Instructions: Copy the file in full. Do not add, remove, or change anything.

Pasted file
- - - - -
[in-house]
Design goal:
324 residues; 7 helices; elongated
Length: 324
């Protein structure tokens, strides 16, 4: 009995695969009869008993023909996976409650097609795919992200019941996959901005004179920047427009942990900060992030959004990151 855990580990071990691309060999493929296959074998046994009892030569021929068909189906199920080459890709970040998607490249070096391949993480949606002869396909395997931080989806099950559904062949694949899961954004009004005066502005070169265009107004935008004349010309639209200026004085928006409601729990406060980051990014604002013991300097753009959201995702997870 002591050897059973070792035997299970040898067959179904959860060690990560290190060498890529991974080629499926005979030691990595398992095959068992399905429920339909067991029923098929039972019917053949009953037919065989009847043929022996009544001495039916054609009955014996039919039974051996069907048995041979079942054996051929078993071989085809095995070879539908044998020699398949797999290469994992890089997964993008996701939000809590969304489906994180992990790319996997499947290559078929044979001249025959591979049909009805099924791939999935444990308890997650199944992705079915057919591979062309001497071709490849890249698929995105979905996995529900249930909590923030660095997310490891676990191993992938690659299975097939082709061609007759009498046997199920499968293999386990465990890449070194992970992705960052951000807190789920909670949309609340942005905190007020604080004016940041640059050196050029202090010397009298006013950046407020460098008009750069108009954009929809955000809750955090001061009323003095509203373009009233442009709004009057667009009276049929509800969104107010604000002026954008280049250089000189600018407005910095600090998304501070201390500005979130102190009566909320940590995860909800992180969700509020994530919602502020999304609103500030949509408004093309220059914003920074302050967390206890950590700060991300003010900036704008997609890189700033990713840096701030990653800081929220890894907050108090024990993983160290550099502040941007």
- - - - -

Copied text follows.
[in-house]
Design goal:
324 residues; 7 helices; elongated
Length: 324
């Protein structure tokens, strides 16, 4: 009995695969009869008993023909996976409650097609795919992200019941996959901005004179920047427009942990900060992030959004990151 855990580990071990691309060999493929296959074998046994009892030569021929068909189906199920080459890709970040998607490249070096391949993480949606002869396909395997931080989806099950559904062949694949899961954004009004005066502005070169265009107004935008004349010309639209200026004085928006409601729990406060980051990014604002013991300097753009959201995702997870 002591050897059973070792035997299970040898067959179904959860060690990560290190060498890529991974080629499926005979030691990595398992095959068992399905429920339909067991029923098929039972019917053949009953037919065989009847043929022996009544001495039916054609009955014996039919039974051996069907048995041979079942054996051929078993071989085809095995070879539908044998020699398949797999290469994992890089997964993008996701939000809590969304489906994180992990790319996997499947290559078929044979001249025959591979049909009805099924791939999935444990308890997650199944992705079915057919591979062309001497071709490849890249698929995105979905996995529900249930909590923030660095997310490891676990191993992938690659299975097939082709061609007759009498046997199920499968293999386990465990890449070194992970992705960052951000807190789920909670949309609340942005905190007020604080004016940041640059050196050029202090010397009298006013950046407020460098008009750069108009954009929809955000809750955090001061009323003095509203373009009233442009709004009057667009009276049929509800969104107010604000002026954008280049250089000189600018407005910095600090998304501070201390500005979130102190009566909320940590995860909800992180969700509020994530919602502020999304609103500030949509408004093309220059914003920074302050967390206890950590700060991300003010900036704008997609890189700033990713840096701030990653800081929220890894907050108090024990993983160290550099502040941007």